To help taxpayers, the IRS has numerous payment options. If you set up a payment plan before the seizure happens, your assets are safe. The IRS offers a variety of installment agreements that you can use based upon your financial situation. Below are types of agreements the IRS offers:
- Guaranteed Installment Agreement: This type of agreement is best if you owe $10,000 or less. The $10,00 only applies to the actual tax amount owed and doesn’t count interest and penalties. It is also required that you have (and spouse if applicable) filed your tax returns for the past 5 years, you are not in bankruptcy, currently don’t have an installment agreement with the IRS, haven’t had an offer in compromise accepted recently, estimated tax payments are up to date (if applicable), you agree to file and pay all taxes during the duration of the agreement, your employer is withholding enough from your paycheck, and your taxes can be paid off over the next 3 years or before the statutes expire.
- Streamlined Installment Agreement: This type of agreement is best if you owe less than $100,000. This type of agreement doesn’t require detailed financial information. The IRS requires that you need to pay off the entire balance, including penalties and interest, in seventy-two months or less (or before the collection statute expiration date). This agreement also comes with other stipulations which you can read about more in the detailed section of streamlined installment agreements.
- Financially Verified Installment Agreement: If you don’t meet the requirements for a guaranteed installment agreement or a streamlined installment agreement a financially verified installment agreement may be appropriate. The IRS requires taxpayers that owe over $100,000 to verify their financial details before accepting a payment plan. The IRS also requires individuals who owe between $50,000 and $100,000 and aren’t willing to set up direct debit payments to verify their financial details. Read more about the forms and other stipulations of setting up a financially verified installment agreement.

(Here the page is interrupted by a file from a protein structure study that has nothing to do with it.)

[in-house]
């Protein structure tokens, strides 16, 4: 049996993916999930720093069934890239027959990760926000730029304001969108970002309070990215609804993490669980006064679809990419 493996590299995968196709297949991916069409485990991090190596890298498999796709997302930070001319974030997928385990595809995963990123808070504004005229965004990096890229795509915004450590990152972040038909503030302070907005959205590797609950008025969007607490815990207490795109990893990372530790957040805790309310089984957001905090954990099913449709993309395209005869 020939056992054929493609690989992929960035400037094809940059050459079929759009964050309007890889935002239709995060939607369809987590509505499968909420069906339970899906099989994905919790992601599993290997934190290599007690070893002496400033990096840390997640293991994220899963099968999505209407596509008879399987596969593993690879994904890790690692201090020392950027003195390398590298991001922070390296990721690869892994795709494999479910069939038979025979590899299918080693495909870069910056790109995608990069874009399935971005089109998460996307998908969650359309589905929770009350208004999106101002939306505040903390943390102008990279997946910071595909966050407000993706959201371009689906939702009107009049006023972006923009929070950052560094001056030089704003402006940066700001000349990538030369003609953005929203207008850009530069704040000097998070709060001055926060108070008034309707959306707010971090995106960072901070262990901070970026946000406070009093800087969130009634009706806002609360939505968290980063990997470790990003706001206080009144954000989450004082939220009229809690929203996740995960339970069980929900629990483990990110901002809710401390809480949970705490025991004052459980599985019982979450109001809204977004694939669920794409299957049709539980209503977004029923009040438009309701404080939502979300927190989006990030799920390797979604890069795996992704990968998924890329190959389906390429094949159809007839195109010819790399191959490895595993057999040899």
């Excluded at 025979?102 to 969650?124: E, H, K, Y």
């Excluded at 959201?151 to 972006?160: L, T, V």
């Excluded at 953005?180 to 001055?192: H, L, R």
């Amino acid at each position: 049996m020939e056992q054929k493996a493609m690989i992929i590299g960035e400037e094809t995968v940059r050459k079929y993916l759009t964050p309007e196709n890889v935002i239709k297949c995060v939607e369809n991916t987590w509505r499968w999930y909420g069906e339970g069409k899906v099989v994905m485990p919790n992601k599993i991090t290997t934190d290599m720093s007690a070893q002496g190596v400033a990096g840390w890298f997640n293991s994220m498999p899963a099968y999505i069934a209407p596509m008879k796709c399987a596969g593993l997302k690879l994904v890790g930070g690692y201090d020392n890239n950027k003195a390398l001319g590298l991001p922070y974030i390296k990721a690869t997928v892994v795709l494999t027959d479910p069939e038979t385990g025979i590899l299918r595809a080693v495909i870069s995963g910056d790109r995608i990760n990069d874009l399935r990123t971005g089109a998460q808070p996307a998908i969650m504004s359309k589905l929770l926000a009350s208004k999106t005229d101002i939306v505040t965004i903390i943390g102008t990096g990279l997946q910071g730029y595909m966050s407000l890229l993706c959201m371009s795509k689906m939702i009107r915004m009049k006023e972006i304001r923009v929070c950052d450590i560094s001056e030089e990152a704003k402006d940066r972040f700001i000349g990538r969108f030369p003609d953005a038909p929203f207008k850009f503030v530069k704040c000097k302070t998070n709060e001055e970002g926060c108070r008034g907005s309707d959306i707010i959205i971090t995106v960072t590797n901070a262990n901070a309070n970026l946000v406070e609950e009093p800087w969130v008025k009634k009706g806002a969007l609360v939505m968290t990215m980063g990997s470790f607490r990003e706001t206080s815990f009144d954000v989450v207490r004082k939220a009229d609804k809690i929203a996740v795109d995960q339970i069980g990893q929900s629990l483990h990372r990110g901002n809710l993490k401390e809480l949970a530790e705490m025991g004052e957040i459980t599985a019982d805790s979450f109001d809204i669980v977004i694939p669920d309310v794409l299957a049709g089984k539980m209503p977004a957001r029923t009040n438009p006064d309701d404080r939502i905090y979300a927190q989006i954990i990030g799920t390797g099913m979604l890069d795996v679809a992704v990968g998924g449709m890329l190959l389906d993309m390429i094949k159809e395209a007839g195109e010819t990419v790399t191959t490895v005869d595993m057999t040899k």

- Partial Payment Installment Agreement: This type of agreement is when you make payments towards your taxes that are lower than the required monthly payment amounts in the three types of payment plans listed above. With this type of agreement, all taxes owed may not be paid off by the collection statute expiration date. If your financial situation doesn’t improve over the term of this agreement and the IRS doesn’t require an increase in the payment amount, the IRS will forgive the remaining taxes.
Get Declared Un-collectible